The third update, having to do with a 2020 study by Achille et al., now acknowledges that the “improvement” seen in patients only applied to male-to-female trans-identified youth and only to those who took puberty blockers.
“As I pointed out, however, this group was 1/3 of the total cohort studied, and represents a minority of those referred for treatment these days,” said Sapir. “Why not mention this?”
A fourth update, which references Turban’s own research from 2020, now acknowledges that his study did not control for psychotherapy as a confounding variable. According to Sapir, this means that “it’s possible those who reported better mental health did so for reasons having little to do with getting hormones.”
Two “stealth edits” that Sapir noticed were in reference to a 2019 study by Allen et al. and a 2021 study by Carmichael et al. With respect to the former, Psychology Today added the sentence, “Of note, the adolescents also received psychotherapy.” Regarding the latter, a caveat regarding the study’s small sample size was removed.
“As I noted in my fact-check, Turban dismisses studies that found no improvement in mental health when they have low sample sizes, but includes studies with small (or even smaller!) sample sizes when they support his conclusion,” said Sapir.
While Sapir noted that the updates Psychology Today made were a step in the right direction, he felt there were additional inaccuracies not addressed. Most notably, the subtitle, which Psychology Today chose not to alter, reads: “Research suggests gender-affirming medical care results in better mental health.”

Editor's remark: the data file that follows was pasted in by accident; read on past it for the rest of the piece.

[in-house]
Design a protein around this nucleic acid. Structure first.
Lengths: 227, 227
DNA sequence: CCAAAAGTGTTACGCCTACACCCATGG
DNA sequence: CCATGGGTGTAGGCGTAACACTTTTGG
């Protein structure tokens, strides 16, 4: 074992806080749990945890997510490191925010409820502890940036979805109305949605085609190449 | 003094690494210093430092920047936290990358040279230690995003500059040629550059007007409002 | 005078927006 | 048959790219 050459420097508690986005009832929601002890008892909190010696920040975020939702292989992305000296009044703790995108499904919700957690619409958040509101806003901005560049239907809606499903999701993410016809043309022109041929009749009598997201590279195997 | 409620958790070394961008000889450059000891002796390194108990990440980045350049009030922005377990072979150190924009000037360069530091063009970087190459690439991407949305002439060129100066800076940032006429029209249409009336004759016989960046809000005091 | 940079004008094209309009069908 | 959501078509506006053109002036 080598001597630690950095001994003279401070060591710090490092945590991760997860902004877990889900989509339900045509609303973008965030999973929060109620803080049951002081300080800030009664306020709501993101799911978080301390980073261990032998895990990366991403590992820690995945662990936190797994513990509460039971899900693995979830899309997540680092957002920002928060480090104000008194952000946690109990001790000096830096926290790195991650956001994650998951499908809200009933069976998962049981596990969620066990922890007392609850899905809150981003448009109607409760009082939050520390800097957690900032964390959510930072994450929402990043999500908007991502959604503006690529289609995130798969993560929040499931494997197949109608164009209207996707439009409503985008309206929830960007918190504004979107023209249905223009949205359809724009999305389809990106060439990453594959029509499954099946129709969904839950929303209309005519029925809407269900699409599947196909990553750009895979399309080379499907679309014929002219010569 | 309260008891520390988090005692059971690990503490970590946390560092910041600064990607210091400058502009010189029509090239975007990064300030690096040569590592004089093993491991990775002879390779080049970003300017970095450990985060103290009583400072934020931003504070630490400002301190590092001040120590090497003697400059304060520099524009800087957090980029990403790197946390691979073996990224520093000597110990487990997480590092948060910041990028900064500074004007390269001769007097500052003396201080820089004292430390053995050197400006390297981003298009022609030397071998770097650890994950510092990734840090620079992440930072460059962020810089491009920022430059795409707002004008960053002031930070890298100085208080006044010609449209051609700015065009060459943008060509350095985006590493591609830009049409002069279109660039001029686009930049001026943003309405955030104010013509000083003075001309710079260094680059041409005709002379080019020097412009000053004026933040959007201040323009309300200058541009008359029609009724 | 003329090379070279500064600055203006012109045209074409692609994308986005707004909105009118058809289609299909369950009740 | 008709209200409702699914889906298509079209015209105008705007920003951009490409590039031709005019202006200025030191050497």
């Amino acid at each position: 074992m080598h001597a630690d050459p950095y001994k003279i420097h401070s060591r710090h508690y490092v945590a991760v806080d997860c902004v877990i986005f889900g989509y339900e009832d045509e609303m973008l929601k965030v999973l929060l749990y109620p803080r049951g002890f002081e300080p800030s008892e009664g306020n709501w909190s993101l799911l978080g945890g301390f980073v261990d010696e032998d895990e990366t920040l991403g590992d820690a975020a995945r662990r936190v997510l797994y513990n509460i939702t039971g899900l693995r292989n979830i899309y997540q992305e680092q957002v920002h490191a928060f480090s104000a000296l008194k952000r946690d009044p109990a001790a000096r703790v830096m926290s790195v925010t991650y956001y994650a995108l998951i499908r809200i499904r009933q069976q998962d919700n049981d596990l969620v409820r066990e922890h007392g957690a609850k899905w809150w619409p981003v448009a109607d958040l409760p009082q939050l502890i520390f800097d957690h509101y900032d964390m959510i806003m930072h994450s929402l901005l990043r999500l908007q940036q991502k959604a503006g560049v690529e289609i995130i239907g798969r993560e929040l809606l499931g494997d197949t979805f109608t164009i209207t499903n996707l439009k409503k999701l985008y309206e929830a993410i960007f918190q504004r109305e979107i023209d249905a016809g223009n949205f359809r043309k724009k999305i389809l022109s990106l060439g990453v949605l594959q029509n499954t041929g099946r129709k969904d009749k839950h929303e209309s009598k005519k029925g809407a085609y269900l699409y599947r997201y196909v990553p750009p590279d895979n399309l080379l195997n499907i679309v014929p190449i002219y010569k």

“Which brings me to the biggest correction that should have, but didn’t, happen: Turban continues to say that 16 studies show, on the whole, that hormones ‘result in’ better mental health. That’s very misleading causal language. At most, he should have said: ‘coincides with,'” said Sapir.
“The studies show no evidence of hormones being the cause of improved mental health, even with the often very short follow-up times,” Sapir told The Daily Wire. “This is significant because the risks of these interventions are serious and lifelong, and activists insist that minors can consent to them because without hormones they are at a high risk of suicide — a claim that has been debunked time and again but continues to shape public discussion of this issue.”
This isn’t the first time that Psychology Today was contacted about Turban’s flawed article. Liberal writer and journalist, Lisa Selin Davis, twice emailed the Psychology Today editorial team in January, shortly after it was published. Davis told The Daily Wire that she attempted to correct its many flaws and encourage them to do a fact-check but was largely ignored.
Psychology Today contributor Pamela Paresky also recently contacted the editors about the misleading claims made in Turban’s article. Paresky told The Daily Wire that the editors were responsive and said they were “looking into it.”
The WayBack machine, a popular website dedicated to archiving internet pages, has “excluded” the Psychology Today article from its database, but an alternative source displays snapshots of the original version.
Psychology Today did not respond to The Daily Wire’s request for comment in time for publication.